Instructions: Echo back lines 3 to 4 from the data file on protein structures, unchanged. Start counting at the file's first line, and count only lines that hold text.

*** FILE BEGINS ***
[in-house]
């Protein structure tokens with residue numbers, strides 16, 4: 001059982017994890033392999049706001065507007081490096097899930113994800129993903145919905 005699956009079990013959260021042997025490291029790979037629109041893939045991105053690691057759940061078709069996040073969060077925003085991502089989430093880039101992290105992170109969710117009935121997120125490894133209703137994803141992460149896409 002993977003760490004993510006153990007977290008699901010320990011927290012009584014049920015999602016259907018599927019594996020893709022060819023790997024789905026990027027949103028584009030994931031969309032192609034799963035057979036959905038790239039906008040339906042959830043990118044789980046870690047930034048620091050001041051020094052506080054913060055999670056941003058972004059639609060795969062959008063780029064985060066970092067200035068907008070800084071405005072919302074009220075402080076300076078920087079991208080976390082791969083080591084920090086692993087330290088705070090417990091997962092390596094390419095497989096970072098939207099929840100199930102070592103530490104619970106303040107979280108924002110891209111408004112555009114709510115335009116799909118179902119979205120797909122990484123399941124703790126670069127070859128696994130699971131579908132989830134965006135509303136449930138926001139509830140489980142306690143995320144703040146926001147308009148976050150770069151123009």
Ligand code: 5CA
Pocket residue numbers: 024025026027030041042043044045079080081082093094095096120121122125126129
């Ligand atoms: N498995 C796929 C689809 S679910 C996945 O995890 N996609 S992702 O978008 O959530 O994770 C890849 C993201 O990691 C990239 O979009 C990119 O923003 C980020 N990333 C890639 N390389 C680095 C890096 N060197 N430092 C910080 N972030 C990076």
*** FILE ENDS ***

Ligand code: 5CA
Pocket residue numbers: 024025026027030041042043044045079080081082093094095096120121122125126129